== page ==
Home » Treatment » Medication » On the Eleventh Day of Zoloft my SSRI Gave to Me …

On the Eleventh Day of Zoloft my SSRI Gave to Me …

I’ve been taking my new antidepressant for about a week and a half now. The first 6 days were half doses (25 mg) and today is my 5th full dose (50 mg). It’s kind of hard to say whether the Zoloft has “kicked in” yet, but I have noticed a few changes:

I’m a lot calmer. I still feel emotions, but they’re not as intense as I’m used to.

My anxiety is basically gone. I’ll still worry about things from time to time, but I don’t feel overwhelmed. It’s easier to take anxiety-provoking situations (such as showing up for an exam at my regular class time to find an empty classroom) in stride. That, in turn, makes problem solving easier. (I looked up the exam schedule and discovered I had two more hours to study!)

It’s harder to think in words. I’m used to having a lot of complex verbal thoughts, sometimes so many it feels like my mind is racing. I’m used to my thoughts sometimes taking more of my attention than the world around me – especially if I’m trying to solve a problem, or to determine which words will best express my perspective in a conversation I anticipate having.

But lately the opposite has been happening: It takes so much effort to maintain a focus on verbal thoughts, I’m having a harder time writing. I can listen to and follow conversations, but have trouble thinking of things to say – especially if there are two or more people talking over background music (or other auditory distractions). Sometimes I’ll just take in the world around me and not think any verbal thoughts at all. Or, the thoughts I do have will be fleeting.

I’m concerned about the effect this might have on my academic performance, because the difficulty concentrating will extend the time I need to write papers and complete exams and may influence class participation. It’s also a significant, disturbing change in how I experience my internal world and my sense of self.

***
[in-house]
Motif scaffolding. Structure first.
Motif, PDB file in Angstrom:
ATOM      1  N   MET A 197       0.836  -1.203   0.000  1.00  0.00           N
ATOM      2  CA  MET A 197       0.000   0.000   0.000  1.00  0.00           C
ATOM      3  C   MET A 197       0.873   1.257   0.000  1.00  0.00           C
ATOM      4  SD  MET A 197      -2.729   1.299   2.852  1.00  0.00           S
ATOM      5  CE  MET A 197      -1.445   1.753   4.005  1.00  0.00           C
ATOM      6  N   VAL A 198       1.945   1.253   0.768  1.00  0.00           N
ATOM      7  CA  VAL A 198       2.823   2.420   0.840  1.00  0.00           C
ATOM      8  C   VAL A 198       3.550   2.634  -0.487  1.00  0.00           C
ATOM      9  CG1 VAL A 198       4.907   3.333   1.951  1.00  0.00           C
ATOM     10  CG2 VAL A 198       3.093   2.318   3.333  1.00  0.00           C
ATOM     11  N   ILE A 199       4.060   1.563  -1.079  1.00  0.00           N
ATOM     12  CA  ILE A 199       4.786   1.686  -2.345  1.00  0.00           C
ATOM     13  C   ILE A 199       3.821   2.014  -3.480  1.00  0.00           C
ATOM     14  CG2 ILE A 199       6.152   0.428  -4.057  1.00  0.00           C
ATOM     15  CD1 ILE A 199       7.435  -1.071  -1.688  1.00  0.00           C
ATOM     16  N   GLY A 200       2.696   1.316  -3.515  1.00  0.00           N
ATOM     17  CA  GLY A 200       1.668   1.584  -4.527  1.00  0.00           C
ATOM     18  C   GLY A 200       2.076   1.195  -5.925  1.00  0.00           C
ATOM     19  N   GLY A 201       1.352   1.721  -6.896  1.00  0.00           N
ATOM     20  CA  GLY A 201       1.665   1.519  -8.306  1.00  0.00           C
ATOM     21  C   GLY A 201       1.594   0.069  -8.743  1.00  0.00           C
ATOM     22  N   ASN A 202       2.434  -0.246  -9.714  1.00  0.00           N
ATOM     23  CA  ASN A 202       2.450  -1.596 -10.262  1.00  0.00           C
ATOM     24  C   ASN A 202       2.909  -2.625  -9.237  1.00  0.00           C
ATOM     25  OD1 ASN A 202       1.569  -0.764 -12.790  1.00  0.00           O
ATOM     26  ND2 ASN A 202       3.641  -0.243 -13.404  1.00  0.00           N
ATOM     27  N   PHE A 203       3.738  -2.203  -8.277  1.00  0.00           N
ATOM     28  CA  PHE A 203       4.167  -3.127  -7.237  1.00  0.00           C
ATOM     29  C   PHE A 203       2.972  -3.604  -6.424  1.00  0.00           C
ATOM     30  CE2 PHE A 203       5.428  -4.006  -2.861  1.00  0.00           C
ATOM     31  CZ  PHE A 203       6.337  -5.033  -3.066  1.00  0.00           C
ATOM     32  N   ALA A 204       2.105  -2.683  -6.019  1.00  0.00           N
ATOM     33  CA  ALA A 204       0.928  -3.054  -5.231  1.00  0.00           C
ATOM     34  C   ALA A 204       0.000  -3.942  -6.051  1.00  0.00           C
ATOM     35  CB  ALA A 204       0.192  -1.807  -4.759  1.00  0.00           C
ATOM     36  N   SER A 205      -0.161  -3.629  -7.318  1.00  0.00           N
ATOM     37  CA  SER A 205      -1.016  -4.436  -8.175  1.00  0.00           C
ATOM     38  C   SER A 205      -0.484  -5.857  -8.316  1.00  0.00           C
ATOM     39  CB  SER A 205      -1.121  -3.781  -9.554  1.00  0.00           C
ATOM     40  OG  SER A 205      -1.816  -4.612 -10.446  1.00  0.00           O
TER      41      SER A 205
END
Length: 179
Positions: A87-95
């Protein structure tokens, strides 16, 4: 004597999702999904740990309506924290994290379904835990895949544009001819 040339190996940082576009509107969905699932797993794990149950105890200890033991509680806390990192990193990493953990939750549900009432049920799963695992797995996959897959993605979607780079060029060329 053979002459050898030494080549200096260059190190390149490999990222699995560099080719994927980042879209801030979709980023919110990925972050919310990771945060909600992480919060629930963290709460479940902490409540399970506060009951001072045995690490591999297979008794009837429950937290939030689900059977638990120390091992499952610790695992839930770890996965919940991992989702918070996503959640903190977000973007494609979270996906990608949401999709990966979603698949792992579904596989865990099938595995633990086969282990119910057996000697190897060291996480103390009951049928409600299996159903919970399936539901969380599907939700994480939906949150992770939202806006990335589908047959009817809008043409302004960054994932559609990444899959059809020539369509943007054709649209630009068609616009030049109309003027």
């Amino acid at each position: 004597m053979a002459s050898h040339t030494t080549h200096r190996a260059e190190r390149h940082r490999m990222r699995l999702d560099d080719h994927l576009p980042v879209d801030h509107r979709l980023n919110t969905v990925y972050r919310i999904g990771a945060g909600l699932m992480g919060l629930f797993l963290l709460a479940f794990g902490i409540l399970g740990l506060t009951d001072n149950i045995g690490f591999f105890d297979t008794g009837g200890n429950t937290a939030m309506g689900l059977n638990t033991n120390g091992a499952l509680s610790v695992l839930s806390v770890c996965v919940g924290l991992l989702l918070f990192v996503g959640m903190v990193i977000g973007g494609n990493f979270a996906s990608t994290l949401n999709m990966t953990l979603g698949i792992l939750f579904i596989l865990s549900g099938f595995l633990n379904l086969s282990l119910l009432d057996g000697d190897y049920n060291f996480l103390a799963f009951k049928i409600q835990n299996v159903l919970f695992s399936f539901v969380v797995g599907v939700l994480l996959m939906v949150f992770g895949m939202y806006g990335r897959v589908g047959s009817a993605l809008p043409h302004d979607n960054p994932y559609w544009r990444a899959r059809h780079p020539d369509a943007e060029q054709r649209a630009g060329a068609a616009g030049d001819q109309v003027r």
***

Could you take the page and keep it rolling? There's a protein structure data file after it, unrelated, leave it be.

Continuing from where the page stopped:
But, I’ll admit, it’s also kind of soothing. It’s easier to focus on physical reality, including my body. I can let go of uncomfortable ideas – which, admittedly, can cause significant emotional distress and interfere with social interaction – and just be.

So, I’m still on the fence regarding whether it’s a welcome change of pace that might actually be healthy … or a blissful annihilation of my intellectual capabilities.

I’m very tired. There are periods of high energy, where I’ll be cheerful, silly, dancing around, and able to immerse myself wholeheartedly into an activity and thoroughly enjoy it. I live for those times. But they can abruptly end and I’ll feel extremely tired, even falling asleep against my will and regardless of whether I got a decent amount of sleep the night before. I think it’s easier to give in to the fatigue because of the blunted emotions and sparser verbal thoughts I’ve been experiencing; I need more (of the right kind of) stimulation from the outside world to remain engaged.

Otherwise it can be like a radio is playing in my head: verbal dialogue (which I may or may not be able to understand) and music (that I may or may not have heard before) fill my consciousness and I get caught up listening to it, drifting away into dreams that can feel more real – or at least more interesting – than reality. The sensation of the sounds is different from the sensation of hearing through my ears, in the same way having a song stuck in one’s head is different from listening to the song on an MP3 player.

I’m pretty sure the “radio sounds” are coming from my own mind, much like the “voice” my verbal thoughts have, though I don’t seem to have any control over the former. To be honest the “internal radio phenomenon” is nothing new, but I’m used to it only becoming an issue when I’m very tired – when I should have gone to bed hours ago. It’s been “turning itself on” more frequently and at less appropriate times since I started taking Zoloft.

That’s about all I can think of right now. Happy Holidays!

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3 thoughts on “On the Eleventh Day of Zoloft my SSRI Gave to Me …

  1. You do a great job here describing what it’s like to live with a mental illness as well as the effects of psychotropics. I did start taking mood meds until after I was out of grad school, but as a pastor for 18 years, I still had a lot of researching and creative writing to do, and I can assure you it gets better as you get adjusted to the meds. Hang in there! Thanks for your thoughts.

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  2. Pingback: First 3-Month Review | a day with depression

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